15 New Flash Storage Products Heating Up The Data Center Market
Storage startups and storage greybeards came together during August's Flash Memory Summit 2019 to show off the latest in high-performance hardware, software, and components targeting some of the most performance-demanding workloads ever.
Flash The Bright Spot Of Storage
While the storage industry as a whole appears to be slowing down, the real bright spot of the industry is flash storage where sales continue to grow as the cost of NAND memory continues to decline and the demand for technology to meet increasingly complex workloads booms.
The best place to get a look at the kind of technologies that will soon be available to performance-hungry users and their applications is the Flash Memory Summit, an annual gathering of developers of some of the hottest storage technology available. FMS 2019, held as usual in Santa Clara, brought together a wide range of flash storage technologies from operating systems to SSDS and server-class memory to complete all-flash storage arrays from both established and startup vendors.
CRN has brought together 15 products highlighted at FMS 2019, including the latest arrays, NVMe SSDs, and related products. The 15 products highlighted here have three common threads: they were introduced in the last four months, they were all flash-focused, and they were all at FMS 2019. Many of these products were never seen before the conference.
For the latest in flash storage, turn the page.
Broadcom Glass Creek NVMe-oF Adapter
San Jose, Calif.-based chip maker Broadcom used the Flash Media Summit to introduce its new 50-gigabits-per-second Glass Creek NVMe over Fabrics (NVMe-oF) storage adapter. The adapter lets a server seamlessly connect to a large number of SSDs on the network and communicate with these SSDs as if they were local drives. The new Glass Creek adapter provides operating system independence by presenting a standard NVMe interface to the host, extending the reach of NVMe-oF to any server. It is powered by Broadcom’s Stingray system on chip (SoC) with hardware accelerators for RAID, de-dupe and security, and provides 1 million IOPS performance in a standard full-height, half-length (FHHL) PCIe card form factor. It is now being sampled to qualified customers.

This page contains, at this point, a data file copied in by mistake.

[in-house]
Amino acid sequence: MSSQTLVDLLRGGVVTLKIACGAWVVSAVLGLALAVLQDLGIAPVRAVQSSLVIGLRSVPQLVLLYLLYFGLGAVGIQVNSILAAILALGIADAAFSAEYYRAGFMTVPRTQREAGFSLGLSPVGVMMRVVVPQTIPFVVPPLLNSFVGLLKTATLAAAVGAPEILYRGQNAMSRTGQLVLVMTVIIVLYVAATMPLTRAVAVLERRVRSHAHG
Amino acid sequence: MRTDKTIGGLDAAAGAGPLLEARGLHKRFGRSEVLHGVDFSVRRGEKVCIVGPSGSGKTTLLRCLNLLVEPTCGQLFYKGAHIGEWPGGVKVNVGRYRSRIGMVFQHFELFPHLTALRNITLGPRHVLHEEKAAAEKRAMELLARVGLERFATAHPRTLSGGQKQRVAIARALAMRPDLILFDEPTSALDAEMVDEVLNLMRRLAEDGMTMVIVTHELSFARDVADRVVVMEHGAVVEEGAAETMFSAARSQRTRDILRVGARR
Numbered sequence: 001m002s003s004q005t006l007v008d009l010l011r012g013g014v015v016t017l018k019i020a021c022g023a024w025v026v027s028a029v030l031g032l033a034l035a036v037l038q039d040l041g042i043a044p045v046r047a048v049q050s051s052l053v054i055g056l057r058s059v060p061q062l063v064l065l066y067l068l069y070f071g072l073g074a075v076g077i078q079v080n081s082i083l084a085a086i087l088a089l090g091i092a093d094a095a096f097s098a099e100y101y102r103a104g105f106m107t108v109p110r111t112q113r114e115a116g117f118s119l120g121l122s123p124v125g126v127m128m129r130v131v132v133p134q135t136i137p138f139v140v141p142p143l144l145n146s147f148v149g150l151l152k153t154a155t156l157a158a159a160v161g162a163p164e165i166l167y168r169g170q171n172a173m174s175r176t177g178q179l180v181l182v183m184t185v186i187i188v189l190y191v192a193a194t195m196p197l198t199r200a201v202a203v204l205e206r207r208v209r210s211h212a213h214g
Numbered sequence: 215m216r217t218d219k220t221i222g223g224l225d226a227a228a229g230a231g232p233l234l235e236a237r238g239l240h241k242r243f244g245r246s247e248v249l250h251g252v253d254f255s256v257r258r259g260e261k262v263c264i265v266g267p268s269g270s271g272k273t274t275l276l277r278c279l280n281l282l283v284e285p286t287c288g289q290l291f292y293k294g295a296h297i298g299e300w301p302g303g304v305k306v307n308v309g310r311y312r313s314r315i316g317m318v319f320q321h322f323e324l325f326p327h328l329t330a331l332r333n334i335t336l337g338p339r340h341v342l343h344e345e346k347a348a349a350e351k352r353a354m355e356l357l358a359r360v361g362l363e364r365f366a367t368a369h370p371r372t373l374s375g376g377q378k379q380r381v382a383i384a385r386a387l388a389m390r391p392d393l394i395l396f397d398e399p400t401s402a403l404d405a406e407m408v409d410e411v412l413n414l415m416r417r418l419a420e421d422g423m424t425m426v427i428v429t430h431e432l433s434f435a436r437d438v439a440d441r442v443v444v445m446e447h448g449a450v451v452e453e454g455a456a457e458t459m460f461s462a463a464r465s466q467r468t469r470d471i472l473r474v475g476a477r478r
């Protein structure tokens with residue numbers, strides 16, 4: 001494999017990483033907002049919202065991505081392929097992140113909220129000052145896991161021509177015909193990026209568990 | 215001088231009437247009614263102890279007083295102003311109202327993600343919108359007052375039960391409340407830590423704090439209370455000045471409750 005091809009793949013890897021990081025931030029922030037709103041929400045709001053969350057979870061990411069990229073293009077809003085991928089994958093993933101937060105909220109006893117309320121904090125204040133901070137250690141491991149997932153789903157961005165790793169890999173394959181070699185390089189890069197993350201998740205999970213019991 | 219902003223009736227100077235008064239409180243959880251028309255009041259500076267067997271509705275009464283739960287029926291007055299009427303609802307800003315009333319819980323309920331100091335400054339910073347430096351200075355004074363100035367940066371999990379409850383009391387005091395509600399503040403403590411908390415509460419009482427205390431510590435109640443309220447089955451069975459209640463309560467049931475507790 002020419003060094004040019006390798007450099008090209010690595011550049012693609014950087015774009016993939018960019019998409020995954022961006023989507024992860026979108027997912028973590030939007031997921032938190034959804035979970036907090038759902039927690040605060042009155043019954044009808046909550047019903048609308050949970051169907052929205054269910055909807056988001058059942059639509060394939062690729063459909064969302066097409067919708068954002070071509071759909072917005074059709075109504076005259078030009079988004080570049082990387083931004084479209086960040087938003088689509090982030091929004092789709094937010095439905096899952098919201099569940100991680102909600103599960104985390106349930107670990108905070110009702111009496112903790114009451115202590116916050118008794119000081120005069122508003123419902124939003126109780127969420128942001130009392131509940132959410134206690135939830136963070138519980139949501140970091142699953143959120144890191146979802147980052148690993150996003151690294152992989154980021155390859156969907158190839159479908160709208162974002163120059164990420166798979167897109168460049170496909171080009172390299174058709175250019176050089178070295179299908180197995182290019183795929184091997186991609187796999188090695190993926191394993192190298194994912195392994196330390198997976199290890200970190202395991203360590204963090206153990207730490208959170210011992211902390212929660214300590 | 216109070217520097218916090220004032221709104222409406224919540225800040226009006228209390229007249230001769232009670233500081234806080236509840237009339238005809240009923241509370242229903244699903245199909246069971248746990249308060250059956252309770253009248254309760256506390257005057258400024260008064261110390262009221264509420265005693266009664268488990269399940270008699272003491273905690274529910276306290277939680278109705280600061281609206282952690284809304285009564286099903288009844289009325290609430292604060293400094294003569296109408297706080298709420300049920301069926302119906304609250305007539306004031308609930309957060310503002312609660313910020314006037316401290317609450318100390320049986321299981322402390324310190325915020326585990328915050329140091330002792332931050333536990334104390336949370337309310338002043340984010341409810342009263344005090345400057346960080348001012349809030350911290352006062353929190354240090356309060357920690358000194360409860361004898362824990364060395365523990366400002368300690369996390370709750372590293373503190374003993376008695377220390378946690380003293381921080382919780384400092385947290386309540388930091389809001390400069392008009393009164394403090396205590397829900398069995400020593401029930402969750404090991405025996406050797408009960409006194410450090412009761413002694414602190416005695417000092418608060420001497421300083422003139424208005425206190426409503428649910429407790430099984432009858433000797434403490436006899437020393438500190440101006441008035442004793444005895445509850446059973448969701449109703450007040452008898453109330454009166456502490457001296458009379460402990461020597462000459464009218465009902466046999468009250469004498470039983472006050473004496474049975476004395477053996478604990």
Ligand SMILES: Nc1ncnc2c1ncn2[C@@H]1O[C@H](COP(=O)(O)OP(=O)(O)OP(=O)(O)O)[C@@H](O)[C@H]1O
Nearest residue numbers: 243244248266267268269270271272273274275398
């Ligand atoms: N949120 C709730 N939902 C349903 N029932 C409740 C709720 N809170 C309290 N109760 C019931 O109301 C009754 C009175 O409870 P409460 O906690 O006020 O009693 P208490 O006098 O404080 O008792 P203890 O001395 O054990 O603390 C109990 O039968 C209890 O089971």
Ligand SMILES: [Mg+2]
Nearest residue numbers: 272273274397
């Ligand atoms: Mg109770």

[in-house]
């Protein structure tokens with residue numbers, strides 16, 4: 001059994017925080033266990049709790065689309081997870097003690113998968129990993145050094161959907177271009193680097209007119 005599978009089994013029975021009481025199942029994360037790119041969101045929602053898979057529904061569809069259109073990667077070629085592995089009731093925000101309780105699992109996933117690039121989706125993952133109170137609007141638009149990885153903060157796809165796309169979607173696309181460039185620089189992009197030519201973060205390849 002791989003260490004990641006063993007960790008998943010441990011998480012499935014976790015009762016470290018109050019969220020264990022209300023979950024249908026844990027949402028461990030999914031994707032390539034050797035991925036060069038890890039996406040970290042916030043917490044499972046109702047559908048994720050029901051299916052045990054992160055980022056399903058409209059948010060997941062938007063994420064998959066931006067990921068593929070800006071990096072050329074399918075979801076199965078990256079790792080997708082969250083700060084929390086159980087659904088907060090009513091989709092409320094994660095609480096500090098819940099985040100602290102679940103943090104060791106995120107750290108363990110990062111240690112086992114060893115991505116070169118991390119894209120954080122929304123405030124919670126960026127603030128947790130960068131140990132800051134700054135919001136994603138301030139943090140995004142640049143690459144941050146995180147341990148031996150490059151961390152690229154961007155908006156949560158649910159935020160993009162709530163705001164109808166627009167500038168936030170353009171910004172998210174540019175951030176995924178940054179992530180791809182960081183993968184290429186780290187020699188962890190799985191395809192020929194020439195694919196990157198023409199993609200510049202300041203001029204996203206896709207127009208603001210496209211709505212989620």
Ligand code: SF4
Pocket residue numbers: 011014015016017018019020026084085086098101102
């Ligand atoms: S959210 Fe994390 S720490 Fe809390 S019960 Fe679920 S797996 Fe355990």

Burlywood TrueFlash Insight
TrueFlash Insight from Longmont, Colo.-based Burlywood collects hours or even days work of comprehensive SSD and application performance data, including telemetry from multiple drives that can be critical to understanding how applications perform over time. After understanding workloads, data traffic patterns, and feature requirements, the TrueFlash software is optimized to create SSDs that are matched to each and every application in the datacenter.
Everspin 1-Gigabit STT-MRAM
Everspin Technologies, a Chandler, Ariz.-based developer of magnetoresistive RAM (MRAM), used the Flash Memory Summit to introduce new ecosystem partnerships for its 1-Gigabit (Gb) spin-transfer torque magentoresistive RAM (STT-MRAM) offering. The company's 128Kb to 256Mb MRAM products are in production, and its 1-Gb STT-MRAM density version is just entering production. For that new version, Everspin already counts as technology partners such companies as Cadence, Sage Microelectronics, and Phison.
San Jose, Calif.-based Excelero used the Flash Memory Summit to debut its Excelero NVEdge block storage software for creating NVMe all-flash arrays leveraging traditional controller-based high availability storage architectures. Excelero NVEdge is targeted at OEM, large integrators, and other large companies looking for disaggregated NVME offerings. The company said performance is over 2.7 million 4K IOPs on a 100-Gbit link. It enables x86-based systems and SmartNIC-based architectures to take advantage of NVMe SSDs for artificial intelligence, machine learning, GPU, and edge applications. Excelero NVEdge also supports NVMe-over-Fabric.